At least I know a bit about a place like the UK and also Singapore. In the UK, you get registered with your local council and apply for a place to live in. They have several arrangements where you can get a fairly easy rent as you wait for your own allocation. Everybody is eventually on a mortgage, so you are not expected to pay fully for a house, where you are lucky to get one. A five percent or 10 percent down payment is enough and the rest is spread over 25 or so years. In Singapore, the challenge they had was with space. And so they knew that they had to develop vertically. Almost every Singaporean today lives in those skyscrapers and nobody feels like a failure for living among other people in housing provided by the government or private developers.

The Core Issues

Three things.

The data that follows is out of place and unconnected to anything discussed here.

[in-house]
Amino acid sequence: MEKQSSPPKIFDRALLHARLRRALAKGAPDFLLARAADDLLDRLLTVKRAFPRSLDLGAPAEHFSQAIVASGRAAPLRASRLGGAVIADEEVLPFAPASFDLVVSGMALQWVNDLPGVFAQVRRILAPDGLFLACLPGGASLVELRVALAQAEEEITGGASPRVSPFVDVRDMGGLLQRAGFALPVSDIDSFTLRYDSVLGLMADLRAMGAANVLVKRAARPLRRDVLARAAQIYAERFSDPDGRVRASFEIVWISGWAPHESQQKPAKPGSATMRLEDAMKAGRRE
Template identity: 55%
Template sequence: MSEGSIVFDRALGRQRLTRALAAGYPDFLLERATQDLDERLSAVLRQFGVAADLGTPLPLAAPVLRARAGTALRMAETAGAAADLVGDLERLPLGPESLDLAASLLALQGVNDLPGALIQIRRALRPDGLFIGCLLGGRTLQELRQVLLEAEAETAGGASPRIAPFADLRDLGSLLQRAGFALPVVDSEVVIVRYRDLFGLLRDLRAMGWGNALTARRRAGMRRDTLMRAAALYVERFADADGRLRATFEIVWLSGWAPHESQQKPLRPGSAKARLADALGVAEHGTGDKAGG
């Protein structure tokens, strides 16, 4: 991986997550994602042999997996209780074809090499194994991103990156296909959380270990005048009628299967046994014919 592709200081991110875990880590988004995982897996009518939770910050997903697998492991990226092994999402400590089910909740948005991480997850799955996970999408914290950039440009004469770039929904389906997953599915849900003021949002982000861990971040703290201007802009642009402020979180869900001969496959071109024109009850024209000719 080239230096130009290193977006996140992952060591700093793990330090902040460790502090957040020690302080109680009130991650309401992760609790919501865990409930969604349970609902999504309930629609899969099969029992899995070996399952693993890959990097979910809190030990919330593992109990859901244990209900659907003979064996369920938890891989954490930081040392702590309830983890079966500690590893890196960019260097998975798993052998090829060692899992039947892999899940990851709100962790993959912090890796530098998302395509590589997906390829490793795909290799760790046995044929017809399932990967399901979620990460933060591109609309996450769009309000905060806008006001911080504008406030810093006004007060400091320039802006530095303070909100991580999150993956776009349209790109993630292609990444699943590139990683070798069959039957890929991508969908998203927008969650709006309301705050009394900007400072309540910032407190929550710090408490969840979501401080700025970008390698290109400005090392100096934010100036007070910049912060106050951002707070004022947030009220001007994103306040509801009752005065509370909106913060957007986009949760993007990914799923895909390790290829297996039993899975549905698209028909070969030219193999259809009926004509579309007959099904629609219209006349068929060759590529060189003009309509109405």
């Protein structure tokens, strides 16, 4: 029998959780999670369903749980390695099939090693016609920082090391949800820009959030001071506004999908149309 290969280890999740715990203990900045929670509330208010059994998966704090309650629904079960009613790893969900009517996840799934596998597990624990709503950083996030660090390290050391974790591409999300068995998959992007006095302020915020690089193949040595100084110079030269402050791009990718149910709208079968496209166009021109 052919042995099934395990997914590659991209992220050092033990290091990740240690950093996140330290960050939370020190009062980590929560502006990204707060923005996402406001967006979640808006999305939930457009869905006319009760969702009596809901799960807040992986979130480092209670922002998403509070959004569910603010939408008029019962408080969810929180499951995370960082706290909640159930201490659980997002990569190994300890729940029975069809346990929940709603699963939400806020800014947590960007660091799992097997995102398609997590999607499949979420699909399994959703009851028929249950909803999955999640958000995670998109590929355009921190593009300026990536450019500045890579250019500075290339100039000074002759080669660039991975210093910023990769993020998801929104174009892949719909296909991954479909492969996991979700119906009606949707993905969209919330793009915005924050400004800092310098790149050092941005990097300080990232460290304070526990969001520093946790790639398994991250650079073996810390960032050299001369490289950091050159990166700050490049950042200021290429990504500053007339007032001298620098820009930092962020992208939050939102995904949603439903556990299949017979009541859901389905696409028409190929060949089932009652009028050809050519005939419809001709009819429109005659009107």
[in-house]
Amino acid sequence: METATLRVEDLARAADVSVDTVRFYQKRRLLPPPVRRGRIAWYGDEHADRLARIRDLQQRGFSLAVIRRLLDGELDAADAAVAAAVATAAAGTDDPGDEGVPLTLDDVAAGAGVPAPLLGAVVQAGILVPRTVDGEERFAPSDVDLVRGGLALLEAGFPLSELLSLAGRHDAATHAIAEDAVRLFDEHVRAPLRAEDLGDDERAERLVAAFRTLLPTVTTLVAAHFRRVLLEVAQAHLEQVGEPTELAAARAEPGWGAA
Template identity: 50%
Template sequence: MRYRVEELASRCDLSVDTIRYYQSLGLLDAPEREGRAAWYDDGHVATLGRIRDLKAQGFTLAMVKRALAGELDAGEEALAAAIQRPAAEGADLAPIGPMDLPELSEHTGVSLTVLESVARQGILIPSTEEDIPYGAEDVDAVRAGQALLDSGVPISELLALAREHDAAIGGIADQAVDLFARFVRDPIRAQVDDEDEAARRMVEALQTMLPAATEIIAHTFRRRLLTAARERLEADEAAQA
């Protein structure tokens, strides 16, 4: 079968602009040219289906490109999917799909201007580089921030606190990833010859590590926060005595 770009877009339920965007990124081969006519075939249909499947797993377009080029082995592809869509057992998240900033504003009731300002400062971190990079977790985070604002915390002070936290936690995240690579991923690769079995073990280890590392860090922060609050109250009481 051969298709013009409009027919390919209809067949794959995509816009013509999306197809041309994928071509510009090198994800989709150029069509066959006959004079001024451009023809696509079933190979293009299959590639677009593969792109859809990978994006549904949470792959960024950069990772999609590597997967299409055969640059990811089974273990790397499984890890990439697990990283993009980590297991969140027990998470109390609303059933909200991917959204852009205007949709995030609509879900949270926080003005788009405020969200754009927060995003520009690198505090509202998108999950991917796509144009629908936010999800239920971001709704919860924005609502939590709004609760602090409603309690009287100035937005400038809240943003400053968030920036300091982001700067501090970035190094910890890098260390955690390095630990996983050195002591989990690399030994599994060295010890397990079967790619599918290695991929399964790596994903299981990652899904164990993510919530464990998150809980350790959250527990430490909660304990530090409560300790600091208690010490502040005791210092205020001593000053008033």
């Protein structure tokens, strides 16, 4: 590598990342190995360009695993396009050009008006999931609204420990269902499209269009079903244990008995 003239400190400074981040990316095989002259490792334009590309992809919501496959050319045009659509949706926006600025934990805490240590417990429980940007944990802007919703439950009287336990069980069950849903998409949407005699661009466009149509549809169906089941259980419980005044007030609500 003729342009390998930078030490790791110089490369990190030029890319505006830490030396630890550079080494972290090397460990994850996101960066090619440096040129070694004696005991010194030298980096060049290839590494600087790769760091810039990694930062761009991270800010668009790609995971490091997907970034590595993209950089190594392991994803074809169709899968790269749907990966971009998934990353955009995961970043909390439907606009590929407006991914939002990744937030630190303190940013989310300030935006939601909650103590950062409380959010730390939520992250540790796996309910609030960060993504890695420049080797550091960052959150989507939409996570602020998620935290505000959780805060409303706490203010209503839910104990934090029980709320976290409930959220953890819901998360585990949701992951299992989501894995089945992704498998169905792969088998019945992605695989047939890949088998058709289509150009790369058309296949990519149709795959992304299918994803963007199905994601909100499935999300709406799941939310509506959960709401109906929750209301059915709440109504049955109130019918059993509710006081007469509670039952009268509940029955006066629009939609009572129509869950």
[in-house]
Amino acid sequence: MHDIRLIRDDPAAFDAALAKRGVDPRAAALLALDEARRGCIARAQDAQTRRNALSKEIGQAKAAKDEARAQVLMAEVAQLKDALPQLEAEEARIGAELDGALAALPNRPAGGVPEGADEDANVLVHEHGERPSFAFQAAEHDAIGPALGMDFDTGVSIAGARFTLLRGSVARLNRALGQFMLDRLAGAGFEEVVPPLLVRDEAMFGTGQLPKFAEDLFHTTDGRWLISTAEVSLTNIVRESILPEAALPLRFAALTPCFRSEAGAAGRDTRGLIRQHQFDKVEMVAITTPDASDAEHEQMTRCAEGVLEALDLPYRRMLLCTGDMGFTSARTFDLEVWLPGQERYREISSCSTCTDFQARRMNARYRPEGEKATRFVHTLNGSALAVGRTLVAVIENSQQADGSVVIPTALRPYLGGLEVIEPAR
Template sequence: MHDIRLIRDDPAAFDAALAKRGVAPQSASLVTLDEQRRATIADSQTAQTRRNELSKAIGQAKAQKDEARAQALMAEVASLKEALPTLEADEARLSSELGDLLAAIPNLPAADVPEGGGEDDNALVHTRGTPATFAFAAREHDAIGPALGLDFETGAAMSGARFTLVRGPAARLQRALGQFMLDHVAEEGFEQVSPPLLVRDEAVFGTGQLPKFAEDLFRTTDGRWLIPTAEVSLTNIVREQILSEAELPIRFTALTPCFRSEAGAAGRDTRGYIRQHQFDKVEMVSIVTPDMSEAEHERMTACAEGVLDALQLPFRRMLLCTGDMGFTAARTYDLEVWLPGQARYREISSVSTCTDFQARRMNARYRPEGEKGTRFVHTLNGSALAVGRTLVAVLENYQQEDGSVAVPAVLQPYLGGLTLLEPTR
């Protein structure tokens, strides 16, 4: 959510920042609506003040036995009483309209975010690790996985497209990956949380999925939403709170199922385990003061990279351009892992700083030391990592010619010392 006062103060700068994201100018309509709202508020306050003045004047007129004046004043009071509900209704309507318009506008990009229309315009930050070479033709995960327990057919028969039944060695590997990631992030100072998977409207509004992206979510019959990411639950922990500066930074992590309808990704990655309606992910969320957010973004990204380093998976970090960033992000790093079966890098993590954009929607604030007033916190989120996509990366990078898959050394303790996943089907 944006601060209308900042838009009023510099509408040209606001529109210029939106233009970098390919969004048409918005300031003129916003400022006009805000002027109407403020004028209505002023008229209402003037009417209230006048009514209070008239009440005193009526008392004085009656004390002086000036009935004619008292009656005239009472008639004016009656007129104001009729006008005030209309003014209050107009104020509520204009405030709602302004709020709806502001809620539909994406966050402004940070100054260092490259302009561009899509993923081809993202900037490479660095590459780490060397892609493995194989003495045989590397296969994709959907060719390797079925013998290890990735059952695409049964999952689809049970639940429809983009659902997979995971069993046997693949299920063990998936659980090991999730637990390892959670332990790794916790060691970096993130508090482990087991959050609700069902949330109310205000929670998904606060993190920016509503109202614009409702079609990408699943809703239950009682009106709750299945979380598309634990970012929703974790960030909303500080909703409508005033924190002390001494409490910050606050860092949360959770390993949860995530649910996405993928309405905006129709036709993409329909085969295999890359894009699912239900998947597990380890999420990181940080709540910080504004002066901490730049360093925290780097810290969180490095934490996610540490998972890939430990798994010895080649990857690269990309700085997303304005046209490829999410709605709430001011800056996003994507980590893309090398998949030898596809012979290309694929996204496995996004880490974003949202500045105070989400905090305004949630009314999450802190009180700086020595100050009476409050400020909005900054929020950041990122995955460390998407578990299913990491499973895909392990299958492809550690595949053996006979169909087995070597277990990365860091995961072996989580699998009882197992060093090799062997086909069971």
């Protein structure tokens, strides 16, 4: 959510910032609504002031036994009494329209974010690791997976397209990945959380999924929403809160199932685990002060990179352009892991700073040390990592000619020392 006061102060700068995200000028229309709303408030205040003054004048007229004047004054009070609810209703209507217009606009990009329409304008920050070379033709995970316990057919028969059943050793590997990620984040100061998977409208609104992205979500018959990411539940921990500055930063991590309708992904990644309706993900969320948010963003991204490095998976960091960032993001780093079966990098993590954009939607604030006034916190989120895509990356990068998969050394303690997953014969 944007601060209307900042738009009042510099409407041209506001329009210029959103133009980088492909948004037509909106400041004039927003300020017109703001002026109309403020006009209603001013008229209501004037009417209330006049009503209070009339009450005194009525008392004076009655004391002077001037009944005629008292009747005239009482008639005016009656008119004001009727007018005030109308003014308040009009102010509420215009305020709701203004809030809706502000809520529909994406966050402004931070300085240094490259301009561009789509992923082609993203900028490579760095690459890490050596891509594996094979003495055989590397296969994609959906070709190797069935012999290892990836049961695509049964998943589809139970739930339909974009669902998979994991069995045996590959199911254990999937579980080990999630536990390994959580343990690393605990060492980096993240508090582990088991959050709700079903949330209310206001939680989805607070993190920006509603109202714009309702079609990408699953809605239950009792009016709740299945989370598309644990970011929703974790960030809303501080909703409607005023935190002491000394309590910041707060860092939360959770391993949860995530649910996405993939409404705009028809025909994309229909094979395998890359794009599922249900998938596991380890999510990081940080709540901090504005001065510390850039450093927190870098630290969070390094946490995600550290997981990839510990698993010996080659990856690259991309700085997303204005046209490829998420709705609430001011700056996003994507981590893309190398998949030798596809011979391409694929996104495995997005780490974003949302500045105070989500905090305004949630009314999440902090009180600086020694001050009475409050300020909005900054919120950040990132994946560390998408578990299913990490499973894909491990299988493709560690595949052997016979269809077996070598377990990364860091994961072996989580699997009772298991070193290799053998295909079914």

One, the private developers in Nigeria, and even the government, have tried to focus on mortgage lately. Sorry, ko le werk. We have not organised ourselves for the mortgage idea. Too many people are out of work and the educational system has been deliberately broken by you-know-whom. Too many are eking a living by being street-traders, ‘hustling’ or owning some small business with irregular cash flow. We have no pool of artisans and ‘handwork’ is seen as failure! No deliberate policy has been targeted at actively reorganising society in this regard. So how do we support a mortgage system when people have no steady salary? Mortgage is based on predictability. Our lack of organisation is also the reason why a secondary market for housing – or anything else – is hardly existent, compared with, say, in the UK, where Capital Gains Tax on properties sold yearly for profit, nets at least 5 billion pounds sterling (N2.5trillion), mostly from London. When you gross it up (since CGT is around 28 percent in the UK), that means over 25 billion pounds sterling worth of property is sold yearly in the UK. That is like $33 billion or twice Nigeria’s annual budget.